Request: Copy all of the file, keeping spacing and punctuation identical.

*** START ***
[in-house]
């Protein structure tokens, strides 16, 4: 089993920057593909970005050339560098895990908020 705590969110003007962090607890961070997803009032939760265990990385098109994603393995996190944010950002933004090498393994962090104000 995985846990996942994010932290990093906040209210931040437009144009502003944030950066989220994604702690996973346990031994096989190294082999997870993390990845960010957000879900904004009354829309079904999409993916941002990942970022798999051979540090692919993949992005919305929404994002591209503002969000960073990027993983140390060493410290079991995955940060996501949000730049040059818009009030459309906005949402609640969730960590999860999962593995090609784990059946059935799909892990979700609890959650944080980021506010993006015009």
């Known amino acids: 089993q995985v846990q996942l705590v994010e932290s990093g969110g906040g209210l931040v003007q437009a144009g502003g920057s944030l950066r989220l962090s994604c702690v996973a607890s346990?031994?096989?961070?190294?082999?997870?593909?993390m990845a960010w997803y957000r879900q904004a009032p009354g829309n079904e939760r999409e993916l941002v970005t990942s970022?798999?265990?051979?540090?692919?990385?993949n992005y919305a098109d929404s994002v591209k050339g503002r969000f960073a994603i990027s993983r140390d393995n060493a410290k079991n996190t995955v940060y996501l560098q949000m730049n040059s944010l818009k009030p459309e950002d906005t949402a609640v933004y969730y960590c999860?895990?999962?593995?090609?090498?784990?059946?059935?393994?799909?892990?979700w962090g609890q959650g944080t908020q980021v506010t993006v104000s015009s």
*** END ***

[in-house]
């Protein structure tokens, strides 16, 4: 089993920057593909970005050339560098895990908020 705590969110003007962090607890961070997803009032939760265990990385098109994603393995996190944010950002933004090498393994962090104000 995985846990996942994010932290990093906040209210931040437009144009502003944030950066989220994604702690996973346990031994096989190294082999997870993390990845960010957000879900904004009354829309079904999409993916941002990942970022798999051979540090692919993949992005919305929404994002591209503002969000960073990027993983140390060493410290079991995955940060996501949000730049040059818009009030459309906005949402609640969730960590999860999962593995090609784990059946059935799909892990979700609890959650944080980021506010993006015009």
């Known amino acids: 089993q995985v846990q996942l705590v994010e932290s990093g969110g906040g209210l931040v003007q437009a144009g502003g920057s944030l950066r989220l962090s994604c702690v996973a607890s346990?031994?096989?961070?190294?082999?997870?593909?993390m990845a960010w997803y957000r879900q904004a009032p009354g829309n079904e939760r999409e993916l941002v970005t990942s970022?798999?265990?051979?540090?692919?990385?993949n992005y919305a098109d929404s994002v591209k050339g503002r969000f960073a994603i990027s993983r140390d393995n060493a410290k079991n996190t995955v940060y996501l560098q949000m730049n040059s944010l818009k009030p459309e950002d906005t949402a609640v933004y969730y960590c999860?895990?999962?593995?090609?090498?784990?059946?059935?393994?799909?892990?979700w962090g609890q959650g944080t908020q980021v506010t993006v104000s015009s």